Originally Posted by HHank
Thanks much DigaDo, but I still don't understand how to set-up the system. Both the Toshiba D-VR660 and the Magnavox ZV450MW8 have *Identical* pages in their respective manuals concerning hook up configuration, and they both say: "RF output is for tuner pass- through only, DVD playback through the RF is not possible". (whatever that means) What I don't quite understand is what to do with the RF? out on the Combo. It appears to be a "screw on" coaxial cable connection. The splitter has one "In" connection and two "out" connections right? One goes to the converter box "In" and then it's "out" coax goes to the TV. The other side of the splitter coax goes to the Combo's "In" but what about the "screw in" connection "out" on the recorder? I know you've said that the "red, yellow, and white cables come from the Combo's "out" slots and then go into the TV's Video, and Audio (L&R) connections but they are not "screw in" inputs are they?. There is nothing left to go to this screw in output is there? I'm afraid that they're going to find me standing in the middle of the freeway during rush hour reciting Scripture at the top of my lungs! HA!! You should be paid for putting up with us! And to make all of this even more confusing is the fact that I currently own and daily use a Toshiba DVD/VCR Combo (analog) that records multiple shows while I'm away, and allows me to watch one channel while viewing another and plays DVD movies (with zoom) all through one simple connection: Antenna to "In" on Combo and antenna "out" to TV! No red, yellow, or white connections. I was happy, and satisfied. But "NOOOOO!!" now this digital change over has made my entertainment life miserable. I might add that the signal from my roof antenna is already split three ways. One to the 54" TV in the living room (which is only used for DVD'S on weekends) and two other TV's in other rooms, one of which is a 34" JVC in my Den where I have all of this equipment that we've been discussing hooked up. Thanks again
The idea is to maintain signal quality by avoiding a split in coax feeds, that's why I suggested the Philips 3576 or Magnavox 2160 with their amplified RF outputs.
A splitter may be used in two ways, an "input" may be used as an "output" and "outputs" may be used as "inputs."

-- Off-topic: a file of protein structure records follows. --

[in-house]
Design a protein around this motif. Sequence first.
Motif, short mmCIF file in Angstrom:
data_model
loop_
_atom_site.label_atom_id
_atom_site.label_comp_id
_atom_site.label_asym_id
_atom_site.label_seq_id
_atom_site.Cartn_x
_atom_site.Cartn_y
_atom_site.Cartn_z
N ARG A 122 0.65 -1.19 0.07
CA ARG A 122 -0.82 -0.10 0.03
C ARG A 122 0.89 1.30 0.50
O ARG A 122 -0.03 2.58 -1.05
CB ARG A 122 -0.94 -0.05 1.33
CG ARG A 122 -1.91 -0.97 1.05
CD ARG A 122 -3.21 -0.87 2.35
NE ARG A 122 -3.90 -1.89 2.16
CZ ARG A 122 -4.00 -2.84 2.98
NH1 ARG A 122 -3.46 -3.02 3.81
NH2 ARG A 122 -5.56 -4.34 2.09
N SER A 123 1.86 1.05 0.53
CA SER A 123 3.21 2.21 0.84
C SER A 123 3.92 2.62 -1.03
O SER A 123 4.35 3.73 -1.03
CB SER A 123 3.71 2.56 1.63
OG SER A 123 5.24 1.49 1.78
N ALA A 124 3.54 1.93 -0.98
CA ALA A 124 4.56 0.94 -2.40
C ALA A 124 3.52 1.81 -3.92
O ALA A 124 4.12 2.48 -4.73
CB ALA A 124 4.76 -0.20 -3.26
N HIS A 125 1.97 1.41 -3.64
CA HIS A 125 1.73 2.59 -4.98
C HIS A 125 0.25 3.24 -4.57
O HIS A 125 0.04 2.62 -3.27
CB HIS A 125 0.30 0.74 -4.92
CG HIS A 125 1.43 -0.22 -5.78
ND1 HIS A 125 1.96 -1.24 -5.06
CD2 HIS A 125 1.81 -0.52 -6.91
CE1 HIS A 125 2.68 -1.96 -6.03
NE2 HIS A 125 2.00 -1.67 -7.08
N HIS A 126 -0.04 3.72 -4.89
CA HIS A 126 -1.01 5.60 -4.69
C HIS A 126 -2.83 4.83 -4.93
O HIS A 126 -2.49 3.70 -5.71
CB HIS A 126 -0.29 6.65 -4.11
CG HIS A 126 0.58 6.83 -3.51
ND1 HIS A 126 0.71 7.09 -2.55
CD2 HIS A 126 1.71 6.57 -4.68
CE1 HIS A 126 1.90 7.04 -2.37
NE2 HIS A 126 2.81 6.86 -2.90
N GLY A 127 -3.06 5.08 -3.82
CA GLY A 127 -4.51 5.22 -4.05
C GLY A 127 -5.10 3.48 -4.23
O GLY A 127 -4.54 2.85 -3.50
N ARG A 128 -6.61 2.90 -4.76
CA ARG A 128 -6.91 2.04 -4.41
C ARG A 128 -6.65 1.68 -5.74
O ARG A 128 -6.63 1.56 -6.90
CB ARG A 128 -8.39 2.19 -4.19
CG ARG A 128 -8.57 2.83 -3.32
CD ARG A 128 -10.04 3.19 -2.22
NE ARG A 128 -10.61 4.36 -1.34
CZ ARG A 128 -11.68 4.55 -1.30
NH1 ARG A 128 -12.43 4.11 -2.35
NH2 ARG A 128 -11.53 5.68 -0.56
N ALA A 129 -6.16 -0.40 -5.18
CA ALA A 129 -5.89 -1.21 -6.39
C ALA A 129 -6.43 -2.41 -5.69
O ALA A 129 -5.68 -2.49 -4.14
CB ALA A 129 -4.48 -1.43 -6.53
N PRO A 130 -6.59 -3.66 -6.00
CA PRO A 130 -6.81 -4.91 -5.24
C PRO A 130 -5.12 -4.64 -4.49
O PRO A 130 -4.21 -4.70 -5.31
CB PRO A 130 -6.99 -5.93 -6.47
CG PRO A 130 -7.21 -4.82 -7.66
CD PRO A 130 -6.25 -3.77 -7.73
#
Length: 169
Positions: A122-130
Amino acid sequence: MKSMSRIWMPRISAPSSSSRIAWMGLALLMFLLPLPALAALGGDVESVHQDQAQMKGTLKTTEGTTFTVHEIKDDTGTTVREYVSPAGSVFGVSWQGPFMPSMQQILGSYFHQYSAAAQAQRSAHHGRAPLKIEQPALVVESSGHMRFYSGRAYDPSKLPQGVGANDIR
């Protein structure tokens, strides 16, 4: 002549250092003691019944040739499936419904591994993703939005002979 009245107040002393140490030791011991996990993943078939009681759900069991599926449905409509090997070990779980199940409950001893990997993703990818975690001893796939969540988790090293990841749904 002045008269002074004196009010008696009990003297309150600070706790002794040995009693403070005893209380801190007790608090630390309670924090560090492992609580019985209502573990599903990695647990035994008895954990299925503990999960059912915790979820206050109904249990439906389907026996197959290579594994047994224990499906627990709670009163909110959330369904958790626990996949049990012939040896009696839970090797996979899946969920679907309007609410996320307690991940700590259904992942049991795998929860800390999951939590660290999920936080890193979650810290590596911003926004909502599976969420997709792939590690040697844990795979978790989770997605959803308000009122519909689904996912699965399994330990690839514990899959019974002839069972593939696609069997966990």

RF coax cable and connectors are threaded with either a press-on or threaded connection.
Component, composite and audio connectors are of the press-on RCA type, color-coded according to purpose. Component video uses the adjacent red/blue/green set, composite video uses the yellow, and both component and composite require the use of the audio white/red set. S-Video is a somewhat larger round connection with pins/sockets, and also requires use of the audio white/red set. HDMI is a flat metal connector/jack that is not found on older TVs.
The owner's manuals you quote deal with the practical reality of an "unmodulated" (threaded) RF output, i.e., RF pass through ONLY with no DVD playback functionality. It appears that these combo recorders do not
modulate the RF output, a different arrangement than that of other combo recorders with which I am familiar. That means that viewing a DVD, (and perhaps a videotape as well) is ONLY POSSIBLE through the non RF combo recorder outputs. (For clarification of videotape playback see that section of those user manuals.)
Those manuals indicate that the threaded RF output does not output digital signals. Combo recorders and DVD recorders with digital and analog tuners convert digital signals to analog signals and output those signals through composite and S-Video outputs. HD "ready" TVs (without a digital/HD tuner) will have digital and HD display capability through component and HDMI inputs. A CECB converts digital signals to analog signals and outputs those analog signals through composite and RF (and in a few models, S-Video).
My 2/16 and 2/17 posts describe different connection methods for various purposes. The pertinent connection method suggested in my 2/16 post (is) "the unmodulated RF output would allow connecting the antenna directly to the DVD recorder with the recorder's threaded RF output connected to the TV's threaded RF input with no loss in signal quality or the analog pass through digital converter box could be connected to the DVD recorder's RF output and then to the TVs RF input. The DVD recorder outputs, component, S-Video or composite would be connected to the corresponding TV input . . . Then use your TV remote to select among the inputs for viewing/setting up recordings and other purposes."
My 2/17 post clarifies operational characteristics of modulated/unmodulated RF outputs.
The user manuals describe and illustrate different connection methods. Wajo also describes and illustrates different connection methods, found here:http://www.avsforum.com/avs-vb/showp...9&postcount=10